THE BLOG
04/19/2010 05:12 am ET Updated May 25, 2011

Back to School on Nuclear Power

Many people think the United States should build more nuclear power plants, after a hiatus of some thirty years. We have significant domestic reserves of uranium. Fission does not generate climate-altering green house gases. Even if we build significant amounts of wind and solar capacity, we will still need more base-load capacity, the kind that operates 24/7/365. I find many of these arguments compelling. However, I remain a pessimist about the ability of new nuclear power plants to make a significant contribution to our energy needs, at least not for a very long time.

Start with the fact that we haven't built a new nuclear plant in over a generation. That means that the profession of nuclear engineering has not been much of a draw for at least that long. Our best and brightest STEM (Science, Technology, Engineering and Mathematics) students went into other fields, like computer science, biology, or even finance. The breakthroughs they achieved over the last generation have transformed the way we live, giving us the Information Age, the biotechnology revolution, and the financial meltdown. Oops, can't win 'em all.

As a consequence, we do not have the cadre of engineers to build and operate lots of new nuclear plants. People with experience are a vanishing breed: at the ends of their careers, retired, or dead. We really have only three choices: import experienced engineers, outsource to foreign engineers, or educate our own engineers.

If we import engineers, the best source is France. While the US, and most of the rest of the First World, stopped building nuclear power plants, the French kept at it. Their nukes provide most of their electricity.

They did it by completely centralizing control of the industry. Plants are identical -- just like Intel's "copy exactly" strategy. Operators trained at one plant can work at any of hundreds of plants, where their American counterparts would have to start training from scratch at new each plant, sometimes at another reactor at the same plant. There are no years of delay due to reviews and lawsuits, because the design is already approved. The French still have to deal with long-lived radioactive waste, but at least they have one place to do it.

Central bureaucracy, subsidies, strict regulation, trampling on local prerogatives: to learn from France would be pâté en croûte de rein for the American Right. That's humble pie to us Anglophones.

We could outsource. That would mean China, which has announced ambitious plans to build lots of nuclear power plants. Since China has only a few operational power reactors, they know that they have to build an industry to build the plants. Their institutions of higher education are only too glad to accept the challenge of training a new generation of nuclear engineers. But it will take a while.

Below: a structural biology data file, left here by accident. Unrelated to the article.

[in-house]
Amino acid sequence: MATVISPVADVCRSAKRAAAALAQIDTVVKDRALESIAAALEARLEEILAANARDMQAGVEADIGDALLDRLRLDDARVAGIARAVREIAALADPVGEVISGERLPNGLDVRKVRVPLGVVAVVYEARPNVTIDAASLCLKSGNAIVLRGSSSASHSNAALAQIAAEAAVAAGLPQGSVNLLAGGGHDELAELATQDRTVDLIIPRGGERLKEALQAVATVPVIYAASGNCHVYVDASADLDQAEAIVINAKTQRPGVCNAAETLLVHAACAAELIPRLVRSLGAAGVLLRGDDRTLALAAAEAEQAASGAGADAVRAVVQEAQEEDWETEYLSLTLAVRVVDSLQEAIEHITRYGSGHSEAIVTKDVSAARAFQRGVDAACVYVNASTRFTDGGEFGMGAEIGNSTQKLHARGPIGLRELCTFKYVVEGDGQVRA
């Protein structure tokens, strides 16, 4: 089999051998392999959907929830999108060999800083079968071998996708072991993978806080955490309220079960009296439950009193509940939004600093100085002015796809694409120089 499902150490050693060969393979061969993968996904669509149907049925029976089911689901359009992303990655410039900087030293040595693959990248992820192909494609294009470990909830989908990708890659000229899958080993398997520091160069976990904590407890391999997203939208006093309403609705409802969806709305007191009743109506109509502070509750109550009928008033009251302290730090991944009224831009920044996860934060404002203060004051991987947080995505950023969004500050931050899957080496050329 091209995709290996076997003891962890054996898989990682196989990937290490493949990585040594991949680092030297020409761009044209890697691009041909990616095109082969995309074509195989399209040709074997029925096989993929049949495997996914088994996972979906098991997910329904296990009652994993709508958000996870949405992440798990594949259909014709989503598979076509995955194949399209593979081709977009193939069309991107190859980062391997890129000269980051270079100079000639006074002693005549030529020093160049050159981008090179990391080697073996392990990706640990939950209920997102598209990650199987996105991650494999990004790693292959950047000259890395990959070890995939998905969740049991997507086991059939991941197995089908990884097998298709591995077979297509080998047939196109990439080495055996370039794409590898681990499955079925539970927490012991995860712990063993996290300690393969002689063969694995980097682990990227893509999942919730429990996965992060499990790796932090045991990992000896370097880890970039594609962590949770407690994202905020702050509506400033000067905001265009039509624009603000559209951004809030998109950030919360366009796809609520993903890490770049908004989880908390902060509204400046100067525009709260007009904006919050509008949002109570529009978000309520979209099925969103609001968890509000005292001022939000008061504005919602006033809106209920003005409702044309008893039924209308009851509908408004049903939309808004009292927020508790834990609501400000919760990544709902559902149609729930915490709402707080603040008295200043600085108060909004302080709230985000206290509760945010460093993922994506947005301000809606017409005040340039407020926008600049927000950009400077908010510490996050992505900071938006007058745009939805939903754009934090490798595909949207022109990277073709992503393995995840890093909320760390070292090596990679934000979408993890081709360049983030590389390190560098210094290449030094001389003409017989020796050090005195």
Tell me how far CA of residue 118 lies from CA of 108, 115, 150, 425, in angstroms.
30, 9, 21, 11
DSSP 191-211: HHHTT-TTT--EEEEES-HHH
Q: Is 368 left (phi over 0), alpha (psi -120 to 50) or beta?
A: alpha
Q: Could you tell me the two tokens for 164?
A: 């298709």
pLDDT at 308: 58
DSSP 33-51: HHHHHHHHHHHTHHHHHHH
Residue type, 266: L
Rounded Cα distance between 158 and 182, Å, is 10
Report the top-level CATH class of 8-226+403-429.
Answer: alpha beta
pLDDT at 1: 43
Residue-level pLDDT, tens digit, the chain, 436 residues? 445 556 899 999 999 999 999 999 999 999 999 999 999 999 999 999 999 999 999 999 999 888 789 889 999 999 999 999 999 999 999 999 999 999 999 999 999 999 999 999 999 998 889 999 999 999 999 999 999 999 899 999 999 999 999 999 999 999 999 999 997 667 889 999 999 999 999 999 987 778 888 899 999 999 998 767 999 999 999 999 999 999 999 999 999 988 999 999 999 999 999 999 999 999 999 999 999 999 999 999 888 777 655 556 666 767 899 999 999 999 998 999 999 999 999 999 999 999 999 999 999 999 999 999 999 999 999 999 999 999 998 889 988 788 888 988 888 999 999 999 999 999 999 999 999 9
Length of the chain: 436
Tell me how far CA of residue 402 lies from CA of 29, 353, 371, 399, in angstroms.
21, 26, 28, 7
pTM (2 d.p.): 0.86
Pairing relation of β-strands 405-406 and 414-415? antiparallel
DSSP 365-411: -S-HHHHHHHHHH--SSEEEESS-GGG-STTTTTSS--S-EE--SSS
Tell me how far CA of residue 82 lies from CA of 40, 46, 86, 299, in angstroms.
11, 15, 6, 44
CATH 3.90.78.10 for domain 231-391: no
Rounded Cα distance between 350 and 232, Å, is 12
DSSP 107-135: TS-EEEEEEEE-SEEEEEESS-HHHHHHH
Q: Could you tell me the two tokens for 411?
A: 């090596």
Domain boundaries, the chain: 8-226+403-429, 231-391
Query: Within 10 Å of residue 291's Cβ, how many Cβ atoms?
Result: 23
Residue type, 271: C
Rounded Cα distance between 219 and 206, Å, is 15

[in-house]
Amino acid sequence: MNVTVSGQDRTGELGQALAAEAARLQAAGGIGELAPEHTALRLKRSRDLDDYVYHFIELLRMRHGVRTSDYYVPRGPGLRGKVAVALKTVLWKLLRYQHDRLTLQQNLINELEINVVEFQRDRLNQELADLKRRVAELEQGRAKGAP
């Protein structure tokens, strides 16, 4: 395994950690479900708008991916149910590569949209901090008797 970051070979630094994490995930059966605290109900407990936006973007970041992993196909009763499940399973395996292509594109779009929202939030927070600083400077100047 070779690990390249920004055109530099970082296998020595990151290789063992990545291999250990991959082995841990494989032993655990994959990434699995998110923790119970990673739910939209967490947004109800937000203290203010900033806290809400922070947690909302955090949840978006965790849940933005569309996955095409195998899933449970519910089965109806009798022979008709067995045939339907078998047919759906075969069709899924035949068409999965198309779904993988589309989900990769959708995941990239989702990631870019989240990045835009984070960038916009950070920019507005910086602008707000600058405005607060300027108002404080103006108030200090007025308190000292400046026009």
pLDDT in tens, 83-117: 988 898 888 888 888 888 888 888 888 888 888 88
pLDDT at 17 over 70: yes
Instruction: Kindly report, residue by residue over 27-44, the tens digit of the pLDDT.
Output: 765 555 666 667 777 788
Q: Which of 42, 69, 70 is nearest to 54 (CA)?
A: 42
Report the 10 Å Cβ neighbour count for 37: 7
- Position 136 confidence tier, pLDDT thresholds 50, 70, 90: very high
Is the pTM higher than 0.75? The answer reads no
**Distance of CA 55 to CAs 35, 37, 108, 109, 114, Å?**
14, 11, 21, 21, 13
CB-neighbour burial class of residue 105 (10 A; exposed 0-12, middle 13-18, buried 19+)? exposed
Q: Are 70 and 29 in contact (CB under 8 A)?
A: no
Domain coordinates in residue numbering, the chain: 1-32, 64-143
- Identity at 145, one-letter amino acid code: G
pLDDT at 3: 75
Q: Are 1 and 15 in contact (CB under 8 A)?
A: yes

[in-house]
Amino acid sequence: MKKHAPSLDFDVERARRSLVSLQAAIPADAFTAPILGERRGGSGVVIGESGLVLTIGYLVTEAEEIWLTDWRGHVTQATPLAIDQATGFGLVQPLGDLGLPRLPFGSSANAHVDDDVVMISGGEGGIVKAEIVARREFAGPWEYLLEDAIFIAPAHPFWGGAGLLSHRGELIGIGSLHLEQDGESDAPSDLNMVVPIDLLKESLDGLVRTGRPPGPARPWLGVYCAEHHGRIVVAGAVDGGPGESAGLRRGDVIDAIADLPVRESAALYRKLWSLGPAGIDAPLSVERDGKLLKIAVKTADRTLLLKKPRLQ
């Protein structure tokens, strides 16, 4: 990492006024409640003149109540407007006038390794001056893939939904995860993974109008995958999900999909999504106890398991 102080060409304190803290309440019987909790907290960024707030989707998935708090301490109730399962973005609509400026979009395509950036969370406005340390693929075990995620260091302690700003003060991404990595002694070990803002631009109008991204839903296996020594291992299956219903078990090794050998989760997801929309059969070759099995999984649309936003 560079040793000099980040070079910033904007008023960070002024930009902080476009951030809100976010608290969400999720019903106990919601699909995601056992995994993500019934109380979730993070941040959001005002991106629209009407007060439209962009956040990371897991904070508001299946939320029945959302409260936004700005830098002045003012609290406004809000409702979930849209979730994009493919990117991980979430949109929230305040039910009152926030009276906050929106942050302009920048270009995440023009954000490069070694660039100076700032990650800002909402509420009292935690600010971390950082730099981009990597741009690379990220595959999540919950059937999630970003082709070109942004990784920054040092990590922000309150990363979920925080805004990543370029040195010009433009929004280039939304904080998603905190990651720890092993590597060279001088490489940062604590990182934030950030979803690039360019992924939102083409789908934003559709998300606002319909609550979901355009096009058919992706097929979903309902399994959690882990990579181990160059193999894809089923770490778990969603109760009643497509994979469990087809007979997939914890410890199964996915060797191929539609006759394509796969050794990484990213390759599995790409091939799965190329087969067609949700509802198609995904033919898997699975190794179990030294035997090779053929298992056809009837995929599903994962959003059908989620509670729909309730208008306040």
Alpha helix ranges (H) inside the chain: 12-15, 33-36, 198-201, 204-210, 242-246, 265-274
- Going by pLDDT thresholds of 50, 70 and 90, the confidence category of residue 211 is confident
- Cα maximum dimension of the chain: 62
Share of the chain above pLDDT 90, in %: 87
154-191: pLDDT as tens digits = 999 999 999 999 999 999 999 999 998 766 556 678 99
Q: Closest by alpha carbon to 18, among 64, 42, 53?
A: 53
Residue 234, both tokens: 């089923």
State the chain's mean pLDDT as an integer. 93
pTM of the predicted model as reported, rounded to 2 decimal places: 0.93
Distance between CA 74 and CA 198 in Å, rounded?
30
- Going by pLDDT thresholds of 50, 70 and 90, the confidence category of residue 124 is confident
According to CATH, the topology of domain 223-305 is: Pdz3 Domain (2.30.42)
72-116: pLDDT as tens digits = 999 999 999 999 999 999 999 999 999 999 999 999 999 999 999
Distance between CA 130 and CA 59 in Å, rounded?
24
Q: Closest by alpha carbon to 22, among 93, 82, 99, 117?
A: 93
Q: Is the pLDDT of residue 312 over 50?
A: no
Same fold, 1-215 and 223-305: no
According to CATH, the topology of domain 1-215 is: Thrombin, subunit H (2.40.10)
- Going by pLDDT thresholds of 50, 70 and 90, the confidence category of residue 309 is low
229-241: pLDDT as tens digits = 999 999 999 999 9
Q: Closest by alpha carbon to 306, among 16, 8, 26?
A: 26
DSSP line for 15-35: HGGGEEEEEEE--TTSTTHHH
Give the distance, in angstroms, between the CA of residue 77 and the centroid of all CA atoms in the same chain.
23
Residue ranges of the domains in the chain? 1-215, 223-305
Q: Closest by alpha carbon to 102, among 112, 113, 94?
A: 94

In the mean time, China has entered into joint ventures with the few companies with nuclear power technology experience. They make no secret of their intention to use the joint ventures to learn the technology so that they can practice it on their own in short order. Since China already has nuclear weapons and intercontinental missiles, getting adept at commercial power reactor technology does not create a new proliferation threat. But one cannot be so sanguine about the shift in economic leverage.

The final alternative is to educate a new generation of nuclear engineers here at home. We still have the finest research universities in the world. And, thanks to those [expletive deleted] financial engineers, most of them need some new revenue right about now. Make that a lot of new revenue. Right now.

There are many other obstacles to renewal of the nuclear industry in this country. When we were still building nuclear power plants, it took up to ten years for a plant to get into production. Planning, permitting, public hearings, design, more hearings, re-design, more permits, construction, testing, re-building, and slow ramp up to full power meant that billions of dollars were spent before a single kilowatt-hour was delivered. Finance 101 will tell you that high up-front costs, capped revenue, and high risk do not create an attractive investment.

I saw that up-close and personal as a computer science graduate student in 1977. A group of us visited a development shop at one of the leading power plant construction contractors to see if our new-fangled computer graphics could help. After grasping that the staggering complexity of the plant was way beyond the state of our art in those days, we realized a simpler truth: the economic model of the nuclear power industry simply didn't make sense.

While public sentiment turned against nuclear power in the 1980s, the bond market is what really killed the power plant construction industry. The proposed revival of that industry cannot happen without heavy government involvement, because the bond market would still not accept the risk/return ratio without the taxpayer thumb on the scale.

Then there is the still unresolved problem of what to do with the nuclear waste. There is much to say on this topic, but I will limit myself to one observation. The amount of time we need to watch over nuclear waste is longer than the longest-lived human civilization - including China.

Maybe France's success can inspire us. But we have a lot of history to overcome, even with bipartisan political support -- itself a very endangered species. Anyone who seriously believes that the United States should build more new nuclear power plants should start with revitalizing nuclear engineering at our colleges and universities. The best way to have more nuclear power plants is to go back to school.